Chalk talk

Si­mon Cooper pays trib­ute to the in­domitable na­ture of trout

Trout & Salmon (UK) - - CONTENTS -

Si­mon Cooper cel­e­brates the sur­vival skills of our na­tive brown trout

IF YOU WERE A BROWN TROUT around this time of year you’d be ex­hausted. Spent. Three months of courtship and spawn­ing will have di­min­ished your plump au­tumn bright­ness. Your chances of see­ing the up­com­ing spring are no bet­ter than one in four. Months of ba­sic sur­vival stretch ahead. Hunker­ing down in a deep hole or among a tree root you’ll eke out each day with a lit­tle food and a lot of in­ac­tiv­ity. You don’t ac­tu­ally know that bet­ter days are ahead, but mil­lions of years of evo­lu­tion point you in that di­rec­tion. So you wait. It is a strange thing, but many peo­ple think of Salmo trutta, one of our few truly na­tive freshwater fish, as a sen­si­tive soul, yet it is tougher and more re­silient than you might sup­pose. Of all our fish, it is the most widely dis­trib­uted across the Bri­tish Isles by a coun­try mile; there is barely a pond, lake, stream, river or canal that doesn’t con­tain brown trout. How might that be? Well con­trary to gen­eral opin­ion they are not, left to their own de­vices, great trav­ellers; there is no mass mi­gra­tion to the head­wa­ters for spawn­ing. In all like­li­hood, when you catch that lit­tle wild “fish with speck­led skin” as the Ro­man writer Aelian de­scribed them, it will be born, live and die within 50 yards of where you made your cast. Brown trout re­ally have sim­ple needs: wa­ter, food, cover and gravel in which to spawn. If you have those, why bother to move? We tend to think that trout pre­fer fast, clear, tum­bling wa­ter, but they will live any­where. Talk to any­one who has trekked miles over the Scot­tish High­lands; even the re­motest loch, devoid of ap­par­ently all other life, will pro­duce a trout. When we were film­ing the movie Chalk, trout were liv­ing just a few yards from Bat­tersea Power Sta­tion in a river many might re­gard as Wandsworth’s storm drain. There are, of course, the per­ils of man-made pol­lu­tion, but even then, trout are far more tol­er­ant of that than their game-fish cousins, the grayling, who dis­ap­pear at the first sign of dif­fi­culty. To sur­vive for mil­lions of years takes some do­ing. We worry about cli­mate change to­day, but it is as noth­ing com­pared to what the brown trout has en­dured to main­tain its pro­lific sta­tus. Floods. Droughts. Ex­tended pe­ri­ods of heat. Ex­tended pe­ri­ods of cold. It has sur­vived them all. But how? Well, take its abil­ity to be­come a sea-trout. This is sim­ply a sur­vival mech­a­nism. A way of pre­serv­ing the species as the fish, largely fe­males, driven from the river by some cat­a­clysm, stay away un­til it is safe to re­turn to lay down the seeds of a new gen­er­a­tion. And as for spawn­ing, they have made it as sim­ple as pos­si­ble. Courtship is not overly elab­o­rate. Redds are a mod­est in­den­ta­tion in loose gravel. The great­est dan­ger is a lack of well-oxy­genated wa­ter flow­ing over the eggs, but even in a lake or slow-mov­ing canal, they’ll find a spring­head to do the job. Trout, like all fish, are food ob­ses­sives. This is what de­ter­mines their daily lives. But trout, un­like some fish, have in­cred­i­bly gre­gar­i­ous feed­ing habits. There is re­ally noth­ing a trout will not con­sider eat­ing, which is part of their amaz­ing abil­ity to sur­vive just about any­where. Think of the vast ar­ray of flies (us­ing the term loosely) we have in our boxes: in­sects of ev­ery type. Spi­ders. Ants. Shrimps. Bee­tles. Moths. Fish. Grubs. Snails. I could go on, but you get the idea. I’m sure plenty of you have sat be­side the River Test at the Mayfly Inn, watch­ing kids feed­ing crisps to the wait­ing trout un­til some smart Alec flicks a cig­a­rette butt into the cur­rent. Nine times out of ten a fish will come up to swal­low it down be­fore promptly spit­ting it out. Trout are both cu­ri­ous and smart when it comes to food. They don’t let an op­por­tu­nity go by. Years ago, in Dorset, I came across a rot­ting sheep float­ing in the Sy­dling Brook; it was mag­got­blown. Con­sid­er­ably de­cayed. I smelt it be­fore I saw it. And there, nudg­ing its bloated corpse, were two trout gorg­ing on the mag­gots they dis­lodged. This abil­ity to adapt to chang­ing cir­cum­stances goes a long way to ex­plain why brown trout are now a global species but, in evo­lu­tion­ary terms, this is only a re­cent de­vel­op­ment. If you flick through any glossy cof­fee-ta­ble book of amaz­ing fish­ing des­ti­na­tions there is sure to be some­one hold­ing a mon­ster New Zealand brown trout. But these are not na­tives: they were in­tro­duced in the late 1800s when the indige­nous grayling all mys­te­ri­ously dis­ap­peared. Salmo trutta is re­ally a Euro­pean fish, its nat­u­ral range a box, the north­ern ex­tent be­ing Nor­way and Rus­sia. The south­ern, the At­las Moun­tains in North Africa. The east, Afghanistan and Pak­istan. The west, Ice­land. So any of those fish you see in the Amer­i­cas, An­tipodes, Asia or any­where else for that mat­ter had their ge­n­e­sis in ei­ther Eng­land’s River Itchen, Scot­land’s Loch Leven or Ger­many’s Black For­est. So let’s take our hats off to the brown trout: sur­vivor, mi­grant and sport­ing fish that now en­com­passes and en­rap­tures the globe.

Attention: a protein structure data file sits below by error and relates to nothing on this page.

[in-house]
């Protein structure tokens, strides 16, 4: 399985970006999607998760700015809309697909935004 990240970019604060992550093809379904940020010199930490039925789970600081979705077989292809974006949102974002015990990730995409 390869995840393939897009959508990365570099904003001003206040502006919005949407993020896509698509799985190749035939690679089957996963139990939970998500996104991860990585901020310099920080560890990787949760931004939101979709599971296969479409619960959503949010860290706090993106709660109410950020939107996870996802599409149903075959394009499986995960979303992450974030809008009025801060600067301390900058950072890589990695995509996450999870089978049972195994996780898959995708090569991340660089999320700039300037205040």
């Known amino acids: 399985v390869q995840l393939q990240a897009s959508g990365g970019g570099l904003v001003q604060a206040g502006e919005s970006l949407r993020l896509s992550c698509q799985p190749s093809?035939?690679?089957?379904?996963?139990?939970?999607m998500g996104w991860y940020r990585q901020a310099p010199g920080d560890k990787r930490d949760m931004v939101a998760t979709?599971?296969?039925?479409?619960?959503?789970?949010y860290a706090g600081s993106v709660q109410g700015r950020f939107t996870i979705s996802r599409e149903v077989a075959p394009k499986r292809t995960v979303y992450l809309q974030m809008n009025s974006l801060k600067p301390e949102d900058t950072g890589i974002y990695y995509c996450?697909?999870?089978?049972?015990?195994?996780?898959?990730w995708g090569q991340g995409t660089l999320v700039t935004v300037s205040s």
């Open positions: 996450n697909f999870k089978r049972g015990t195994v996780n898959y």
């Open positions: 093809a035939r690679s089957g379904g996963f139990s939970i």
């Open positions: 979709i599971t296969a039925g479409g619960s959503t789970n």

“Nudg­ing its bloated corpse were two trout gorg­ing on the mag­gots they dis­lodged”

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